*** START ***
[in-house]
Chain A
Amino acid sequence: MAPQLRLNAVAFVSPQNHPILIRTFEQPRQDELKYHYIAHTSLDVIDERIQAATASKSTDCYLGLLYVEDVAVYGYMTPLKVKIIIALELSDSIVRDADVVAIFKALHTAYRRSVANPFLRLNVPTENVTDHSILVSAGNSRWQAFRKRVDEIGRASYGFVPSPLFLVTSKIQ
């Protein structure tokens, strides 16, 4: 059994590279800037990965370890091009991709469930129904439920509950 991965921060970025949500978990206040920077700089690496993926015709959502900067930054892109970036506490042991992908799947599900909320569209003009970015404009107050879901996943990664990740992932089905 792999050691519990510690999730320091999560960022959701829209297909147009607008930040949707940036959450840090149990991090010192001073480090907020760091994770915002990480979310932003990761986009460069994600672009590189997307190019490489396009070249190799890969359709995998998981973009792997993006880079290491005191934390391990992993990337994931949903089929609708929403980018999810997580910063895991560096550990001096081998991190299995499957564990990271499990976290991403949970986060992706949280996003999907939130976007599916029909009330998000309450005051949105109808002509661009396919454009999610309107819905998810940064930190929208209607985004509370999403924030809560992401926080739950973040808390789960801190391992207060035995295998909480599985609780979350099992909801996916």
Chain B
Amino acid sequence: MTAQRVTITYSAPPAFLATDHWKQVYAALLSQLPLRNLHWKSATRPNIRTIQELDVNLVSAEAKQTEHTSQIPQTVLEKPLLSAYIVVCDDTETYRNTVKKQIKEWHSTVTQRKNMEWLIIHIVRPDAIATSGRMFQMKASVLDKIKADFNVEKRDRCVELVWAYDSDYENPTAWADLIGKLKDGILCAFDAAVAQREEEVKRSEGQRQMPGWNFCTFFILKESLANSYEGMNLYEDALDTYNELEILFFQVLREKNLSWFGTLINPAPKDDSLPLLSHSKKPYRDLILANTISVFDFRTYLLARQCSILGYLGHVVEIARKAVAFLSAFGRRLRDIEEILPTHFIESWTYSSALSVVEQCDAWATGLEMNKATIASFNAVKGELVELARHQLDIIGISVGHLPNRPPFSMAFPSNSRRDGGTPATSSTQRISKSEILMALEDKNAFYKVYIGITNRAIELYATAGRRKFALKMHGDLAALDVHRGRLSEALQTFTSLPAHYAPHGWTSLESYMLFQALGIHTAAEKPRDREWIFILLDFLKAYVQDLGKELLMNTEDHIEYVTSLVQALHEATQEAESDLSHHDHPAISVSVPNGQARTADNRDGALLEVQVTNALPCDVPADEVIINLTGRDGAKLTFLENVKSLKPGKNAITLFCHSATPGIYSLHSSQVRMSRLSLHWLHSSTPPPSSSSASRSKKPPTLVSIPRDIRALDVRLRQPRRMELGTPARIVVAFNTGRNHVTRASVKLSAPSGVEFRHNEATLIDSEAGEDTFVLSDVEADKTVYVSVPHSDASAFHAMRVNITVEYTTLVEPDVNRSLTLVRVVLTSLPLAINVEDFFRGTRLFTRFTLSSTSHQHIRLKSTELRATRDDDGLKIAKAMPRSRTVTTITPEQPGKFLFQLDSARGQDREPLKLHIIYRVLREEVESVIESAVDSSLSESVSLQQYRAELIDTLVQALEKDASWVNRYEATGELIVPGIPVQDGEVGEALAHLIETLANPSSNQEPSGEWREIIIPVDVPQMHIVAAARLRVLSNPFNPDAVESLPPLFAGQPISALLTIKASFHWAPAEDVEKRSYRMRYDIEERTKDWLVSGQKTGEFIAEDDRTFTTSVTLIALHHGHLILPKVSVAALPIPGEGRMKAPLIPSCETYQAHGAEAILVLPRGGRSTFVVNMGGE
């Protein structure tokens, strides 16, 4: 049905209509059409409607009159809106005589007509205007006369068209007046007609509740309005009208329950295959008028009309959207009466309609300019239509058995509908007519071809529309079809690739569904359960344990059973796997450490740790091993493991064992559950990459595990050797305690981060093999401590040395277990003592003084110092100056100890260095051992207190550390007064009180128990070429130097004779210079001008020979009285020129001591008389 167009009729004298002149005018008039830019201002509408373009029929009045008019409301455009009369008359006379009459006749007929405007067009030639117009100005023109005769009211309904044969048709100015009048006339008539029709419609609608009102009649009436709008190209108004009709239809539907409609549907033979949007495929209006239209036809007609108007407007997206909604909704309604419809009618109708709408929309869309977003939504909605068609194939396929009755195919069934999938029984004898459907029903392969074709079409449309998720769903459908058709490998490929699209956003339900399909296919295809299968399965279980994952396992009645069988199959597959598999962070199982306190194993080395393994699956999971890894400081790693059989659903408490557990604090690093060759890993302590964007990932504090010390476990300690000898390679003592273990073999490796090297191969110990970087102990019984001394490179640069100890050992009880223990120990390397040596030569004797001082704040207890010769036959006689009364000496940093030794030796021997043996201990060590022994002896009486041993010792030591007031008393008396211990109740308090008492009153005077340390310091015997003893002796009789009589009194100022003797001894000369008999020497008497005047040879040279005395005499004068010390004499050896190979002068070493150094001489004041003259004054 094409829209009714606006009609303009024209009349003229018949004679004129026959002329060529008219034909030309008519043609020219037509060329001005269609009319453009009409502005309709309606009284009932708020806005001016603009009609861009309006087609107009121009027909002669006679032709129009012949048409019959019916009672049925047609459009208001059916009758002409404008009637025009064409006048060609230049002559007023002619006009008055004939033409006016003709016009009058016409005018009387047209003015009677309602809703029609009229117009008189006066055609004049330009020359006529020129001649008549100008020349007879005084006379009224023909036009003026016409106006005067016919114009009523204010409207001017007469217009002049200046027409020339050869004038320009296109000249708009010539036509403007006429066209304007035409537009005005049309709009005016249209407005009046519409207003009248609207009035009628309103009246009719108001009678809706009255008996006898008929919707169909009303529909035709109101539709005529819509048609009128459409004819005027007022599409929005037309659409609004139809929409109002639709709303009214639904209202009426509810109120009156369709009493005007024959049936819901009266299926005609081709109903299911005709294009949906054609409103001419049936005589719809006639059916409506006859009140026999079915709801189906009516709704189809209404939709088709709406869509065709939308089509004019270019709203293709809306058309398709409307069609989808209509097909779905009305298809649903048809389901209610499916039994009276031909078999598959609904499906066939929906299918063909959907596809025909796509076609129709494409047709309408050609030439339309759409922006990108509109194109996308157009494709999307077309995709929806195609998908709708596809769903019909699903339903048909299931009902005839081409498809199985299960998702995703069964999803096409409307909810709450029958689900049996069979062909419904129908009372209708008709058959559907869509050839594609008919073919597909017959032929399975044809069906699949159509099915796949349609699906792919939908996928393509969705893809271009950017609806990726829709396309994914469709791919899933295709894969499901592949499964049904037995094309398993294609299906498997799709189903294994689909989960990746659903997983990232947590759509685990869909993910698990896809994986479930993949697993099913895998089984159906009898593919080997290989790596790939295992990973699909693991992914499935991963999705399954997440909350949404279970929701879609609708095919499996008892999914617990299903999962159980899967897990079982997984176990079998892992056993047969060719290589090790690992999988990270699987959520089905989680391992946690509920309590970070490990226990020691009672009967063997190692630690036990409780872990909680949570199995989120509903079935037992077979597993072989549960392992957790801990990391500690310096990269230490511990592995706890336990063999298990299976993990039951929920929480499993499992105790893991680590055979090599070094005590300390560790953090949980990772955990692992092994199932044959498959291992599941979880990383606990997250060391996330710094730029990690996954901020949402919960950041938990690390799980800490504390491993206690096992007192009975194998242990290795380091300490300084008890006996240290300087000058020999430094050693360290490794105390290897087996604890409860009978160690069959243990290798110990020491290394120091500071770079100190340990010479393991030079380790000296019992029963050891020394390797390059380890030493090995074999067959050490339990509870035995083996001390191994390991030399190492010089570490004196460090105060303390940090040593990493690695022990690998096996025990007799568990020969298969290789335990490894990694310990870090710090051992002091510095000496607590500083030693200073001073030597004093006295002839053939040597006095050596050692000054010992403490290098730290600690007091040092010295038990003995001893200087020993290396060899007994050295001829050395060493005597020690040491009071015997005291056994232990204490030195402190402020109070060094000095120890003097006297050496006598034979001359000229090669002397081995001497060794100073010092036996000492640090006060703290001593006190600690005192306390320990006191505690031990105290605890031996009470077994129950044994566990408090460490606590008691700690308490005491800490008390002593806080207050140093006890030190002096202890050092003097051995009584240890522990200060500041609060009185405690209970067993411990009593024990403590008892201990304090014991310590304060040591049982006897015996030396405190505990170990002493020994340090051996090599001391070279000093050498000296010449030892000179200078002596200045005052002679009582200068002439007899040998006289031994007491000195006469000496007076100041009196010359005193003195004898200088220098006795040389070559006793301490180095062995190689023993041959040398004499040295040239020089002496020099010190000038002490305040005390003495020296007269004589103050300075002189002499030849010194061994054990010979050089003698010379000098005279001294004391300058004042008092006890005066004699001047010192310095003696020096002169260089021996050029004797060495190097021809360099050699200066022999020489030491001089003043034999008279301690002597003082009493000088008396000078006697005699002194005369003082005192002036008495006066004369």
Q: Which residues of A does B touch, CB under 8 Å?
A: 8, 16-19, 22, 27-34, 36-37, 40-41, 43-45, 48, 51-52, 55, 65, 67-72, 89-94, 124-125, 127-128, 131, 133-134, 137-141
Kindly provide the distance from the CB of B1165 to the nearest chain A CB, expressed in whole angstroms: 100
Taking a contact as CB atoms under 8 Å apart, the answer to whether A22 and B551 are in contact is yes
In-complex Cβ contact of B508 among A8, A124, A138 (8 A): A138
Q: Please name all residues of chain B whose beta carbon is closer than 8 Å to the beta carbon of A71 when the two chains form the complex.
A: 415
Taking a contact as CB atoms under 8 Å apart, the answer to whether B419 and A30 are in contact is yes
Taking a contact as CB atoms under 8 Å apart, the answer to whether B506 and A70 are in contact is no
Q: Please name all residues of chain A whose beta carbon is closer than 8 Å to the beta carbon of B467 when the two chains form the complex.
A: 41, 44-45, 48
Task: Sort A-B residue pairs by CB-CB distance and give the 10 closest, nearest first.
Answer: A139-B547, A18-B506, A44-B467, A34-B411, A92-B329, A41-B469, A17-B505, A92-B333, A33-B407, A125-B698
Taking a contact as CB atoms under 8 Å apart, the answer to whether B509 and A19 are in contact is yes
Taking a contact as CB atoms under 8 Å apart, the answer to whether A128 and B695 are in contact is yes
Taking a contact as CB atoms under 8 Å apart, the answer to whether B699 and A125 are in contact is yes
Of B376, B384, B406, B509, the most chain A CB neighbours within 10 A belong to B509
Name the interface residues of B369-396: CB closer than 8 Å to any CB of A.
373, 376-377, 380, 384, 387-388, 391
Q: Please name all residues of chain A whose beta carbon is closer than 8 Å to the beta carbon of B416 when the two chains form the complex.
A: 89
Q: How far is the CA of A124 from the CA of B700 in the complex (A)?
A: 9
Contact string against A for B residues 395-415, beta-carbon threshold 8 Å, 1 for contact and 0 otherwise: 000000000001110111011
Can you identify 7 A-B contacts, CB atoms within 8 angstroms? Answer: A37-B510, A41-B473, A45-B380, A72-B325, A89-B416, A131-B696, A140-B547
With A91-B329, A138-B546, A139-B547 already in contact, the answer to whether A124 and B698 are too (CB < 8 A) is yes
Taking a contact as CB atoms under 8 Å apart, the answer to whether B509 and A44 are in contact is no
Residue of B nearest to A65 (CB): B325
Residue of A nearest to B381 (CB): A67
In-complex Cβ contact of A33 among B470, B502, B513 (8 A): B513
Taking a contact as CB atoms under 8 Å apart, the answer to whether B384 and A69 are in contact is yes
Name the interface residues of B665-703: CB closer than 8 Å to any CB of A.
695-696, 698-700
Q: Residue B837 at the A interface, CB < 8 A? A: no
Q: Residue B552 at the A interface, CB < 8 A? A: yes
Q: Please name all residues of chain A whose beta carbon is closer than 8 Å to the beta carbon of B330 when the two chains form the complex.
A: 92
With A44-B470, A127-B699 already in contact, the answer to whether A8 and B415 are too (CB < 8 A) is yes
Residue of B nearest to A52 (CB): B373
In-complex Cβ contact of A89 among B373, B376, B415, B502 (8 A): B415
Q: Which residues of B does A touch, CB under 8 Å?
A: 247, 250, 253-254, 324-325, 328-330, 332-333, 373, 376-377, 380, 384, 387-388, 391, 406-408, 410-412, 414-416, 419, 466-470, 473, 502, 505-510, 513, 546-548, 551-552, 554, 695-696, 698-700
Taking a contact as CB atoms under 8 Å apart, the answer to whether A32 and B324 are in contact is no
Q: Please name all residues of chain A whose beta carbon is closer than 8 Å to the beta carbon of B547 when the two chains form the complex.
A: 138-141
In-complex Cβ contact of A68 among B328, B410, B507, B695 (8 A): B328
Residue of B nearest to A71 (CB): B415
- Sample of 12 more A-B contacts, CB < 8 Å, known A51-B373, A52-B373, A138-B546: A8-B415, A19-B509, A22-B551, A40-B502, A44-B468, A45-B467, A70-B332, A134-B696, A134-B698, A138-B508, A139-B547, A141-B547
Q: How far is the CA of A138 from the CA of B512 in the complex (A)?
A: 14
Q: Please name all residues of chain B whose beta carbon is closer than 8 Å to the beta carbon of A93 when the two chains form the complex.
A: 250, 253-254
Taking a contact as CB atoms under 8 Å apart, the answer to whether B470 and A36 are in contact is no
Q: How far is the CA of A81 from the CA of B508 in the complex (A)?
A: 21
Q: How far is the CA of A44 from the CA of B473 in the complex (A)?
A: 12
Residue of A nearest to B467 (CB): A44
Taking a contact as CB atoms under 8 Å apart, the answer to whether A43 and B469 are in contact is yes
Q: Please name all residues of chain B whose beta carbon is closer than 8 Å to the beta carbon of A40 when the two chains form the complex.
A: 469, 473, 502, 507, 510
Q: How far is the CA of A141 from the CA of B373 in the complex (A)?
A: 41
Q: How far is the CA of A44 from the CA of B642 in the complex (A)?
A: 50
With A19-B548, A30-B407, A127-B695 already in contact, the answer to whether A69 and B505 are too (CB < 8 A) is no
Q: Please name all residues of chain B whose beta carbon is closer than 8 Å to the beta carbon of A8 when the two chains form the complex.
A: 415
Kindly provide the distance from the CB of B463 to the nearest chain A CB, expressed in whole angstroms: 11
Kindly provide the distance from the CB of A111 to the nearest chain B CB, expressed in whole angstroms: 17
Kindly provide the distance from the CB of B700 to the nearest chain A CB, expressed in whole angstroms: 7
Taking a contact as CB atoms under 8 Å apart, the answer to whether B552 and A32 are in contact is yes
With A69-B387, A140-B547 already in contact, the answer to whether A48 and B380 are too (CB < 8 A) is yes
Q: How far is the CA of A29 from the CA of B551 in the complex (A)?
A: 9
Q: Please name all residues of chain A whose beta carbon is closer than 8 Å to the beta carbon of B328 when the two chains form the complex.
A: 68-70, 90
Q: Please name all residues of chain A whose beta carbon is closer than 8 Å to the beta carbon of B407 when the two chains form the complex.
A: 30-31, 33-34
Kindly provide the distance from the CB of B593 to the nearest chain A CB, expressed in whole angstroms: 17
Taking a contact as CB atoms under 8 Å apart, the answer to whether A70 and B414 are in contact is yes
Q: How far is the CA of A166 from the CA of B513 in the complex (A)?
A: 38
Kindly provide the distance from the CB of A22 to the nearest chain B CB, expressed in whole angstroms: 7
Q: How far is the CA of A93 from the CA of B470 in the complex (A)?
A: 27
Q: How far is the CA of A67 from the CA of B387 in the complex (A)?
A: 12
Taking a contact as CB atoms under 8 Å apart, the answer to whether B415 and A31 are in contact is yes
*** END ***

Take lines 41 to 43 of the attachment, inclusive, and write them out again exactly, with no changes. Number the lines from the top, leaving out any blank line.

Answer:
Q: Residue B837 at the A interface, CB < 8 A? A: no
Q: Residue B552 at the A interface, CB < 8 A? A: yes
Q: Please name all residues of chain A whose beta carbon is closer than 8 Å to the beta carbon of B330 when the two chains form the complex.